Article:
• Helen HIll’s Home Movies (2000-05) These are home movies Helen Hill made of her neighborhood in New Orleans a year before Hurricane Katrina hit. Preservation of these personal films is a memorial to a unique city and to Hill’s work and life. An award-winning filmmaker, animator and teacher, Hill consistently documented her life and the lives of the people around her with a series of Super 8 home movies. Between her return to New Orleans in 2001 and her first visit back to her devastated neighborhood in October 2005, she shot forty-two 50 foot Super 8 reels, totaling approximately 80 minutes of running time. Film labs refused to handle Hill’s flood damaged home movies so she hand-cleaned the films with soap and water, halting their decay. Hill’s Super 8 images are poignant evidence of unseen neighborhoods and local culture lost in the hurricane.Hill was an independent filmmaker, teacher, and animator. She is well known for her extraordinary use of drawings, paintings, photographs, cut-out paper and three dimensional cloth puppets. Her techniques expanded to include hand-processed film, found film footage, her own home movies and camera-less animation as well as traditional animation.from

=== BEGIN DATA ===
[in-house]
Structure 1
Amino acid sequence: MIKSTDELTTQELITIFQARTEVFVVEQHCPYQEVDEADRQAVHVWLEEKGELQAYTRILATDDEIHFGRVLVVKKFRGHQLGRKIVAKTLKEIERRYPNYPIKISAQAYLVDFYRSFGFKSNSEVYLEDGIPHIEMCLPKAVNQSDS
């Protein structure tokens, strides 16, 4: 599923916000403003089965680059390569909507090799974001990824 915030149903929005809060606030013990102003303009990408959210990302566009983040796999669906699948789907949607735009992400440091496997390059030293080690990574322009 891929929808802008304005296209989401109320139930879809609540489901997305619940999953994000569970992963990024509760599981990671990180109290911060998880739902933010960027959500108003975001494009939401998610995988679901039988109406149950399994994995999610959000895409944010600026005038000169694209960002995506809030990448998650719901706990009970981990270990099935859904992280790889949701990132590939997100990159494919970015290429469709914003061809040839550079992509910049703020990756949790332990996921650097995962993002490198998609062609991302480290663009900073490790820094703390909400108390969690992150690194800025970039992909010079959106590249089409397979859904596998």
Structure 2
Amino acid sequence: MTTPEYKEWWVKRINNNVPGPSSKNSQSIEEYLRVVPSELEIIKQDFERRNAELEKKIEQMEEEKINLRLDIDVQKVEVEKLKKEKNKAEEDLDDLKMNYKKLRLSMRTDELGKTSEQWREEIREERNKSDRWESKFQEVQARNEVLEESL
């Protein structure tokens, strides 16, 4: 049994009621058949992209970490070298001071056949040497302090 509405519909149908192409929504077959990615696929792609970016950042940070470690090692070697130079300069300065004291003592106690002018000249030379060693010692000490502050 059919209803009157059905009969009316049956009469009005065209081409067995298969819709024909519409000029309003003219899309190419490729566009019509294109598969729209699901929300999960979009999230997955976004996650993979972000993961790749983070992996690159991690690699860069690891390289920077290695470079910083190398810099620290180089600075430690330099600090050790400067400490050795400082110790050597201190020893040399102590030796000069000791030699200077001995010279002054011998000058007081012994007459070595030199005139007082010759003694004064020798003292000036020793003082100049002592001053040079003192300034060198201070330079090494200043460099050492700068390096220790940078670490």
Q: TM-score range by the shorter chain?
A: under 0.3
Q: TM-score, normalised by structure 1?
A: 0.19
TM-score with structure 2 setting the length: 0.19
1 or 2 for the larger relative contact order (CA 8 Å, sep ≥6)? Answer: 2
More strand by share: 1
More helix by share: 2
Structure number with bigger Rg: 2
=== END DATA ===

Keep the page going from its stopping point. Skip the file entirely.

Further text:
• Peter Hutton. Study of a River, 1997 , experimental film, winter on Hudson River
  • Pare Lorentz, The River, 1938, short documentary, about importance of Mississippi River
  • Caroline Bacle, Lost Rivers, 2012
  • 1927 film footage from the Signal Corp, can be accessed at
    Short silent film produced by the Signal Corps of the Mississippi flood of 1927; from: Department of Defense. Department of the Army. Office of the Chief Signal Officer, 1927